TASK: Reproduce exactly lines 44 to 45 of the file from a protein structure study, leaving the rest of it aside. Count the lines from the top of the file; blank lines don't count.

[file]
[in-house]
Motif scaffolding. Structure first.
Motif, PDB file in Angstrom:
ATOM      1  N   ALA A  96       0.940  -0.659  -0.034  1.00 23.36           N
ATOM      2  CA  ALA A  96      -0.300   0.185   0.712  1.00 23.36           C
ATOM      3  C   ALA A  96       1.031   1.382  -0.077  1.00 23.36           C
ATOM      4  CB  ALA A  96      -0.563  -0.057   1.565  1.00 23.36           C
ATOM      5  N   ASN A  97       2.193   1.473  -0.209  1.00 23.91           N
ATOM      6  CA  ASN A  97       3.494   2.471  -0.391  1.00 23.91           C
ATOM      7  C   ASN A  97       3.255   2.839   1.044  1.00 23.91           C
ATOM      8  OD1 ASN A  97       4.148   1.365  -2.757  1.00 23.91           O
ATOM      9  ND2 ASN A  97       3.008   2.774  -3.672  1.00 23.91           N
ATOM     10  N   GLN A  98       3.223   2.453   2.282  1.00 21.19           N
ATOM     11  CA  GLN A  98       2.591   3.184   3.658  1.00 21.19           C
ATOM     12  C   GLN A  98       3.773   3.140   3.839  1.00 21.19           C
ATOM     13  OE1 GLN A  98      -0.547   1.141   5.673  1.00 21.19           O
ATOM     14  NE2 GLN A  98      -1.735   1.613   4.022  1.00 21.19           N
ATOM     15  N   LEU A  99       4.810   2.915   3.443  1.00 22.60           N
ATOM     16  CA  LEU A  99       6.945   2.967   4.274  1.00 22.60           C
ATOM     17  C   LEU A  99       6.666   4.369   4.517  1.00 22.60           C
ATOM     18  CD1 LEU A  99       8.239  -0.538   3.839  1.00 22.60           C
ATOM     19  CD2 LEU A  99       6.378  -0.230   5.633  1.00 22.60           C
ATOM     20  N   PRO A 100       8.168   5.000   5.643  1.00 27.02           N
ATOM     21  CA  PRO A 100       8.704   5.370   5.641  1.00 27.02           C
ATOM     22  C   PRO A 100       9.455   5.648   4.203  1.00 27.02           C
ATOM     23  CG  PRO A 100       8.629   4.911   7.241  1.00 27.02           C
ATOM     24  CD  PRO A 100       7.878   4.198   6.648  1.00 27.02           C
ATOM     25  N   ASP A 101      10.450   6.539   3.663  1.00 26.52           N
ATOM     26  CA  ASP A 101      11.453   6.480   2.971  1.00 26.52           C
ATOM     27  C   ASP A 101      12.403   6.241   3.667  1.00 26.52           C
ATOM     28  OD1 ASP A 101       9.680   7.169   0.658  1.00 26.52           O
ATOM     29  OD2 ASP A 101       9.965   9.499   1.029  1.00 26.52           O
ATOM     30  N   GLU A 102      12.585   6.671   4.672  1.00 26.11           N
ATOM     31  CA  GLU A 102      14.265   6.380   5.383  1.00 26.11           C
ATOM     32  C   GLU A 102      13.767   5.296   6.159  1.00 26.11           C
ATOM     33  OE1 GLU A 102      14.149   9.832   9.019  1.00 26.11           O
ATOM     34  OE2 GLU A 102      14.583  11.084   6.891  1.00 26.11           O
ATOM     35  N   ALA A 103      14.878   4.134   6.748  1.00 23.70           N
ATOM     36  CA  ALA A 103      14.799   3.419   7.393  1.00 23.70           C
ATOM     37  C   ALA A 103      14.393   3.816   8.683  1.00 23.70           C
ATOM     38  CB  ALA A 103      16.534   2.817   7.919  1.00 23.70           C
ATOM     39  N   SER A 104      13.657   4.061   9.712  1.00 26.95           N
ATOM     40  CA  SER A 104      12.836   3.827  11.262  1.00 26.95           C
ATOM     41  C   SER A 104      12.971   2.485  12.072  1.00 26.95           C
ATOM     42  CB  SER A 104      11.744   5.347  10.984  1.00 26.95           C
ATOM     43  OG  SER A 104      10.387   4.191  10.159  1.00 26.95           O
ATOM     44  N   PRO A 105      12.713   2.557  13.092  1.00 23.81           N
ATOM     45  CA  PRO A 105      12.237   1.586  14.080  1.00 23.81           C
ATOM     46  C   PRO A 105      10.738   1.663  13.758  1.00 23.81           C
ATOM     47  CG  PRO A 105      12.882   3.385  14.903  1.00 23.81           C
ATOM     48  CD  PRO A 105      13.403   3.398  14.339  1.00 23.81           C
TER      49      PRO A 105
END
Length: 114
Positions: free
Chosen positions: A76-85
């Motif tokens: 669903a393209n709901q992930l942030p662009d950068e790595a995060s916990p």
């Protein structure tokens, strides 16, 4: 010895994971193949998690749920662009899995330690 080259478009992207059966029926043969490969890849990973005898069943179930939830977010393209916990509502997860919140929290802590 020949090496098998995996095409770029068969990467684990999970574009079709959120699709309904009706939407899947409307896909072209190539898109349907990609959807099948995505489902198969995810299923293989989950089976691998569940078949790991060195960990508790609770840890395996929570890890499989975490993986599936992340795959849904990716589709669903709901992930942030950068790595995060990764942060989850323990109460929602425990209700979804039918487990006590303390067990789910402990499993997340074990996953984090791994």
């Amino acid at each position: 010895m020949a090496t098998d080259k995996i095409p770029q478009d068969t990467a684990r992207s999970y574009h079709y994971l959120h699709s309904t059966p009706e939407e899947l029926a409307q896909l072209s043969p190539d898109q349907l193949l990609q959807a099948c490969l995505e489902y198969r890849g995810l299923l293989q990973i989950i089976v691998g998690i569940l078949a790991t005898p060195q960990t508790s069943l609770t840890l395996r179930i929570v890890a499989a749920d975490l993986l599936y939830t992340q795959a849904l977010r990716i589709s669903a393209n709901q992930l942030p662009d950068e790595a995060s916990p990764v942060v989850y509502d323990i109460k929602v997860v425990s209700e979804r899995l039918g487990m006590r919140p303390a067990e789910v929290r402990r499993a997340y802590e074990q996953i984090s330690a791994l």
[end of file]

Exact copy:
ATOM     41  C   SER A 104      12.971   2.485  12.072  1.00 26.95           C
ATOM     42  CB  SER A 104      11.744   5.347  10.984  1.00 26.95           C